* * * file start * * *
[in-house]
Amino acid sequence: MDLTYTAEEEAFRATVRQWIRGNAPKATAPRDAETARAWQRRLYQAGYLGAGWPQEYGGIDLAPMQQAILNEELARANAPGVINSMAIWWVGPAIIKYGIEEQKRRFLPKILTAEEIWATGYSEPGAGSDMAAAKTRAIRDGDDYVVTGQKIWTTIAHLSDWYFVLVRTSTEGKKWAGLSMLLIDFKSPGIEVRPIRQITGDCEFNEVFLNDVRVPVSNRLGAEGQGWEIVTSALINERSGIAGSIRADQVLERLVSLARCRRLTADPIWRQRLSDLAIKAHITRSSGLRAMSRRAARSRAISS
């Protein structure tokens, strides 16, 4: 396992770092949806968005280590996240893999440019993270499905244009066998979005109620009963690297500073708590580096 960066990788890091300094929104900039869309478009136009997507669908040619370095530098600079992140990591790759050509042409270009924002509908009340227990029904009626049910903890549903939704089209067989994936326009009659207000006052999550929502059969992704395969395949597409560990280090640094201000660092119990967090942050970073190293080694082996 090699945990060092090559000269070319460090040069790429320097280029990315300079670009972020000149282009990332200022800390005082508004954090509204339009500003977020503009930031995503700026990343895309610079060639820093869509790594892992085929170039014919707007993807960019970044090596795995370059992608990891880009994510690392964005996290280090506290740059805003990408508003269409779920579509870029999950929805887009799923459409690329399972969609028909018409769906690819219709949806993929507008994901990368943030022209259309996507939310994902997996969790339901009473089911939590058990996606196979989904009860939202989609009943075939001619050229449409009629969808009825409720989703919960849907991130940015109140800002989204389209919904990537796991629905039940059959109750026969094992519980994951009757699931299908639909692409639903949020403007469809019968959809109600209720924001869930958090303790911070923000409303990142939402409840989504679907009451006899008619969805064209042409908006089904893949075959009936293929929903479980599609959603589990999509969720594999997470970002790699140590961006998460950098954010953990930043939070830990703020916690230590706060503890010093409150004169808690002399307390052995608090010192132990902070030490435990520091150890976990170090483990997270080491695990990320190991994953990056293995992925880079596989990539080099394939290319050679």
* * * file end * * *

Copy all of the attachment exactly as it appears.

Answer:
[in-house]
Amino acid sequence: MDLTYTAEEEAFRATVRQWIRGNAPKATAPRDAETARAWQRRLYQAGYLGAGWPQEYGGIDLAPMQQAILNEELARANAPGVINSMAIWWVGPAIIKYGIEEQKRRFLPKILTAEEIWATGYSEPGAGSDMAAAKTRAIRDGDDYVVTGQKIWTTIAHLSDWYFVLVRTSTEGKKWAGLSMLLIDFKSPGIEVRPIRQITGDCEFNEVFLNDVRVPVSNRLGAEGQGWEIVTSALINERSGIAGSIRADQVLERLVSLARCRRLTADPIWRQRLSDLAIKAHITRSSGLRAMSRRAARSRAISS
């Protein structure tokens, strides 16, 4: 396992770092949806968005280590996240893999440019993270499905244009066998979005109620009963690297500073708590580096 960066990788890091300094929104900039869309478009136009997507669908040619370095530098600079992140990591790759050509042409270009924002509908009340227990029904009626049910903890549903939704089209067989994936326009009659207000006052999550929502059969992704395969395949597409560990280090640094201000660092119990967090942050970073190293080694082996 090699945990060092090559000269070319460090040069790429320097280029990315300079670009972020000149282009990332200022800390005082508004954090509204339009500003977020503009930031995503700026990343895309610079060639820093869509790594892992085929170039014919707007993807960019970044090596795995370059992608990891880009994510690392964005996290280090506290740059805003990408508003269409779920579509870029999950929805887009799923459409690329399972969609028909018409769906690819219709949806993929507008994901990368943030022209259309996507939310994902997996969790339901009473089911939590058990996606196979989904009860939202989609009943075939001619050229449409009629969808009825409720989703919960849907991130940015109140800002989204389209919904990537796991629905039940059959109750026969094992519980994951009757699931299908639909692409639903949020403007469809019968959809109600209720924001869930958090303790911070923000409303990142939402409840989504679907009451006899008619969805064209042409908006089904893949075959009936293929929903479980599609959603589990999509969720594999997470970002790699140590961006998460950098954010953990930043939070830990703020916690230590706060503890010093409150004169808690002399307390052995608090010192132990902070030490435990520091150890976990170090483990997270080491695990990320190991994953990056293995992925880079596989990539080099394939290319050679």